|Jewish Holiday: Purim|
Laws & Customs
Shabbat Shekalim: The Shabbat before the month of Adar officially welcomes the Purim season. This special Shabbat is called Shabbat Shekalim, Hebrew for the Sabbath of Shekals (an ancient form of Israelite money.)
Shabbat Shekalim is honored with the reading of an additional Torah portion dedicated to tzedakah, giving charity, a mitzvah associated with Esther. This special Torah reading is taken from Exodus 30:11-16, which describes the giving of a half-shekel in support of the Temple’s sacrificial offerings.
A special haftorah, a selection from the prophets read immediately following the Torah portion, is also read on Shabbat Shekalim. It is taken from Kings II 11:17-12:17, in which King Jehoash collects money for repairing the Temple.
Shabbat Zachor: The Sabbath immediately preceding Purim is called Shabbat Zachor, the Sabbath of Remembrance. On this Sabbath, the Torah portion recalls the Jews’ exodus from Egypt when Amalek, son of Eliphaz, and grandson of Jacob’s brother Esau, tried to destroy the Jews at their most vulnerable moment. The Torah reading describes how Amalek and his nation attacked the Jews just as they escaped slavery, and a pursuing Egyptian army, immediately after they crossed the parted Red Sea.
It is a special mitzvah for both Jewish men and women to hear this Torah portion read. The Torah commands:
The Haftorah read on Shabbat Zachor is taken from Samuel I 15:1-34, which describes how King Saul had the chance to destroy all of Amalek, but instead, took pity on King Agag, and spared his life. The Prophet Samuel severely chastised King Saul for his misguided pity and killed the Amalek king himself, but not before the king had the opportunity to return home and father a child. Haman was a direct descendant of Agag.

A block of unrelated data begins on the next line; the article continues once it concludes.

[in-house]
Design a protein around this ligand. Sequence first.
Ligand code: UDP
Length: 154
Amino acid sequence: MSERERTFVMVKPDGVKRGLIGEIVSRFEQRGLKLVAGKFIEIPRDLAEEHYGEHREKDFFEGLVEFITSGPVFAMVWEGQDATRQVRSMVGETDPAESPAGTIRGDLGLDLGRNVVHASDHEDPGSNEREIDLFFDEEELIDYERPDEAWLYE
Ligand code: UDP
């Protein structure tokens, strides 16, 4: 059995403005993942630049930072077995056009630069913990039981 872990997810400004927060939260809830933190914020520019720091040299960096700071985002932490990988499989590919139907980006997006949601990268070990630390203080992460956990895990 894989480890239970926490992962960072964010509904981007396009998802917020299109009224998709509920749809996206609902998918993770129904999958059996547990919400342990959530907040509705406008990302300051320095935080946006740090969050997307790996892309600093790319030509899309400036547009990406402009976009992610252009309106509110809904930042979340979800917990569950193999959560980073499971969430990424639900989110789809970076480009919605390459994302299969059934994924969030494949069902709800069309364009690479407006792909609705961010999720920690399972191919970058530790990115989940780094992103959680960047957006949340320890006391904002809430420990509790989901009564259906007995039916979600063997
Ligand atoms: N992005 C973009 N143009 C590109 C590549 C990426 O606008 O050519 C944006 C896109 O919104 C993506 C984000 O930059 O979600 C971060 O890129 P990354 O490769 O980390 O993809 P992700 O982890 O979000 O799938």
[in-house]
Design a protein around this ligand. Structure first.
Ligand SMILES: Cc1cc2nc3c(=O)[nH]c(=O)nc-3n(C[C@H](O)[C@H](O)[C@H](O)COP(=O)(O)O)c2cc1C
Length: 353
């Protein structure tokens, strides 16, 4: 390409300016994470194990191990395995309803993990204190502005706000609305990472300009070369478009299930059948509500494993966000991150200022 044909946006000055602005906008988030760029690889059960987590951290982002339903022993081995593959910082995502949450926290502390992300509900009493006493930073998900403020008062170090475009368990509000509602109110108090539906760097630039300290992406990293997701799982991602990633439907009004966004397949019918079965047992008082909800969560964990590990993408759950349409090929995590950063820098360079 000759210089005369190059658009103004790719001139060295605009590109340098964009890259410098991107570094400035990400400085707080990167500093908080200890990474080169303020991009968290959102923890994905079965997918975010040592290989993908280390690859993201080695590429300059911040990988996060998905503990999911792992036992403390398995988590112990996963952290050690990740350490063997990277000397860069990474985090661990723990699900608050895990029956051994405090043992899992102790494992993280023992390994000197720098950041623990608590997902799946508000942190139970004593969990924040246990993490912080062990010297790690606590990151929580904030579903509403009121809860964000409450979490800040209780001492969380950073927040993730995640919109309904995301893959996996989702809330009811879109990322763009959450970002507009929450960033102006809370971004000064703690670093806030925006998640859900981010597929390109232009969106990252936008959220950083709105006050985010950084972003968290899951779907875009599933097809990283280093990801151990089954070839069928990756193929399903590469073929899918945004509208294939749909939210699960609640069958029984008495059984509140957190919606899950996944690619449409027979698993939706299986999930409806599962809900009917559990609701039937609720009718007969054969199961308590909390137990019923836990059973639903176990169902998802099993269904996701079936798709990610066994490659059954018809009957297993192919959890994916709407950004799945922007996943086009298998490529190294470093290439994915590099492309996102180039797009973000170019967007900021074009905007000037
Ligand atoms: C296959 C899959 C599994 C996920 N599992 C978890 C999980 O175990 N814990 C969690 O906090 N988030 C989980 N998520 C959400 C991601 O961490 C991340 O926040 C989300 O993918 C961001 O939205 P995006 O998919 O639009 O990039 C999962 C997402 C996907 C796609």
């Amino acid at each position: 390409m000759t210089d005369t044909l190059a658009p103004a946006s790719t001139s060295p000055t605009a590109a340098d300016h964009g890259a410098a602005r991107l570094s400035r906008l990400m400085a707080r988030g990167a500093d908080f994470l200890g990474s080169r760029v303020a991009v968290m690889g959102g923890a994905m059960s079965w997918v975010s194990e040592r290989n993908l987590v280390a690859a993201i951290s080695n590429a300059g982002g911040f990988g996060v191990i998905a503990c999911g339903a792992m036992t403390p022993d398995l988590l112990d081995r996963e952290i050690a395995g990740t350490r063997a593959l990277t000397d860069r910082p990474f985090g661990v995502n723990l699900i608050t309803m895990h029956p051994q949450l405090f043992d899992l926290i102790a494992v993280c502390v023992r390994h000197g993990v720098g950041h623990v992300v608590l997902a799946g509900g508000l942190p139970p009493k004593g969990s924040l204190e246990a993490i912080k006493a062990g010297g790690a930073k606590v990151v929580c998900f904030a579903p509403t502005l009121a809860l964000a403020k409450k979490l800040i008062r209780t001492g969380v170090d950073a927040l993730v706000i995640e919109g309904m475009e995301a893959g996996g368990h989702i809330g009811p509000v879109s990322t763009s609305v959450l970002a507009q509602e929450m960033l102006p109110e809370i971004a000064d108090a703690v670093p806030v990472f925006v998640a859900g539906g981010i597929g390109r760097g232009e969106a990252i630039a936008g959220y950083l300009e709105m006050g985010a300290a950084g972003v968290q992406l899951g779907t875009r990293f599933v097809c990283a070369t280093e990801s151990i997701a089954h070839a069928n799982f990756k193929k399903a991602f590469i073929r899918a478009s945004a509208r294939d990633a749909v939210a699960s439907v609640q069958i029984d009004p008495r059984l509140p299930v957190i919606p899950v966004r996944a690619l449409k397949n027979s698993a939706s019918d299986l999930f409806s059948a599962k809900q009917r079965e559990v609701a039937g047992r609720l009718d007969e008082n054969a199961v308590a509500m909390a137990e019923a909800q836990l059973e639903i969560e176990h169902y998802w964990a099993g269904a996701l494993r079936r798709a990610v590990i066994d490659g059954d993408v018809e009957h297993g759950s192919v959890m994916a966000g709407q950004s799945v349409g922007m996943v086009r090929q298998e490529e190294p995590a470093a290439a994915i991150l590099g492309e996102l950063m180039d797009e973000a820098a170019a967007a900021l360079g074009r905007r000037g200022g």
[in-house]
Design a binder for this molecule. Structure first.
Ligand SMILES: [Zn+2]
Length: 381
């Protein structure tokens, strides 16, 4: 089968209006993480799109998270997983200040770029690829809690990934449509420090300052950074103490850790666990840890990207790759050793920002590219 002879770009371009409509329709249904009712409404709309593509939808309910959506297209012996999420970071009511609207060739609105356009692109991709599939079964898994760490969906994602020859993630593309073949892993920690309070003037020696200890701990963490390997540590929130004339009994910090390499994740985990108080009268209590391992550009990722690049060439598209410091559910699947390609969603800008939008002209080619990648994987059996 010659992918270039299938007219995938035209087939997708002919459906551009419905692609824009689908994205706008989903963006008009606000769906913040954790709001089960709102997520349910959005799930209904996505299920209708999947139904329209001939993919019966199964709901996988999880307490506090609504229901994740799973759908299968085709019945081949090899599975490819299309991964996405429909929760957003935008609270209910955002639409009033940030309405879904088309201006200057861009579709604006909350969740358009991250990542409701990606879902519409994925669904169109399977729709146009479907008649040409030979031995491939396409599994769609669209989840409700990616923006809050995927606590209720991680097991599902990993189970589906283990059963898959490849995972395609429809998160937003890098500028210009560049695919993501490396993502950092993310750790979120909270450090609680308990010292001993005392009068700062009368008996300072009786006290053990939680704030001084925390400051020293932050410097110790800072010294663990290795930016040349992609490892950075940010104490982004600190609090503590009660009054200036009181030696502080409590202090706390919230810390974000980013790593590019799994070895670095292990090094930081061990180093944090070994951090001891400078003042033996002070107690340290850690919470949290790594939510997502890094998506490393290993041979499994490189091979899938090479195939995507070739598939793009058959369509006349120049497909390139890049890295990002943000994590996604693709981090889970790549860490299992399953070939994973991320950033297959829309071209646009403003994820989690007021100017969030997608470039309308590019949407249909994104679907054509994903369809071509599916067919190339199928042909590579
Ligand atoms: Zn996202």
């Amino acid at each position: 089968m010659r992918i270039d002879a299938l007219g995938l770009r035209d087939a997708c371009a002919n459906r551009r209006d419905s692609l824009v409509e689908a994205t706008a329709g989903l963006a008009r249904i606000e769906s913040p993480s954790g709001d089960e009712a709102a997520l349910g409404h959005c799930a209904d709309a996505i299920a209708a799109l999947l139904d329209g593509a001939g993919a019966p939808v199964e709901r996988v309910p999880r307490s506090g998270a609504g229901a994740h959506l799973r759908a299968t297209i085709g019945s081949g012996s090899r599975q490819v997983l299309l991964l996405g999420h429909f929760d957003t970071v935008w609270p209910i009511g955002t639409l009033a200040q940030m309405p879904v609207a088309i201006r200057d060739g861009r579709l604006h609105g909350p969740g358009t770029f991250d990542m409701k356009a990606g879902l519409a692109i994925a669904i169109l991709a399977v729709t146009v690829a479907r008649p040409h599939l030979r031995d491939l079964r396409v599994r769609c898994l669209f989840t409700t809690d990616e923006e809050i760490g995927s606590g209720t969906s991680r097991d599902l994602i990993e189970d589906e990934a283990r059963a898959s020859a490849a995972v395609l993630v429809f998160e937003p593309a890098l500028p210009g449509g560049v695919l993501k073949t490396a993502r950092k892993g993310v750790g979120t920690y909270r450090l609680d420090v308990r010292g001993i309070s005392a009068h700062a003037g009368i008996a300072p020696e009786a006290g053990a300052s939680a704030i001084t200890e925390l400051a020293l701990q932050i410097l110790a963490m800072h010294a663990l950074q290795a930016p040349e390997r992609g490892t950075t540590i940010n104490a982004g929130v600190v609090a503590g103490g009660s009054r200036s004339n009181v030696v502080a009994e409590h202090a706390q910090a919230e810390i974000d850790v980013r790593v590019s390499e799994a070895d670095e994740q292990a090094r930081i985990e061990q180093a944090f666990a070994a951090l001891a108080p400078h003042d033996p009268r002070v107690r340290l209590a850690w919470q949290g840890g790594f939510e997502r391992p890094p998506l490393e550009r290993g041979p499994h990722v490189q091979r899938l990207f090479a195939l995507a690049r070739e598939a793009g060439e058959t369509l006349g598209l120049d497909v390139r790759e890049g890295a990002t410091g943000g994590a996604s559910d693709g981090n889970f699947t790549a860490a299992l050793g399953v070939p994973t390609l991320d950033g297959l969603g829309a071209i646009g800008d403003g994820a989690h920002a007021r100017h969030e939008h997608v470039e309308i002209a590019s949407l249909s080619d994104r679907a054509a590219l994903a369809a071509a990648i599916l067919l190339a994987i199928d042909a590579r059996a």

It is fascinating to note that it was Mordechai, son of Yair, son of Shimi, son of Kish, of the tribe of Benjamin, who helped destroy Haman the Amalekite. Mordechai, a descendant of King Saul, carried out generations later what his ancestor failed to accomplish.
Amalek: In a history with so many enemies, why was Amalek’s crime considered so heinous that Jews are specifically commanded to literally stamp out his name?
The reason, our rabbis say, is because Amalek preyed on the weak and sought the Jews destruction. Haman, like his Amalekite ancestors, also wanted the Jew’s physical destruction.
So, the Shabbat preceding Purim, before we can let ourselves go and enjoy the carnival-like atmosphere of Purim, we, as Jews, are reminded of the kind of evil that is out there, the kind that wants nothing more than the total extermination of the Jewish people.
Fast of Esther: On the thirteenth of Adar, the day before Purim, Jews observe a fast day in memory of Esther who asked the Jews of Shushan to fast and pray for three days before she risked approaching King Ahashveurosh to rescind Haman’s evil decree.
It was in response to Mordecai’s urging that Esther asked the King for a special audience. This was done at great personal risk, since no one was allowed to enter the King’s court without being called. If they did, and the King’ scepter was not outstretched, they were put to death.
Like all Jewish fast days, eating, drinking, wearing leather shoes, washing and engaging in sexual activity is prohibited.
Megillah Readings: The Book of Esther, which is one single scroll, is read out loud. It is first read on the eve of Purim, at the conclusion of the fast. The Megillah is chanted with its own melody before the entire congregations at the synagogue. If you are unable to attend Megillah reading at the synagogue, it is permissible to have the Megillah read to you at home.
As with all sacred scrolls, the Megillah reading is preceded by three blessings:
At the conclusion of the Megillah, a final blessing is recited:
Special Passages: In the synagogue the Megillah is chanted in a tune passed down through our oral tradition. As the reader comes to the following four passages he stops and waits for the congregation to first read them out load and in unison. Once said, the passages are chanted by the reader.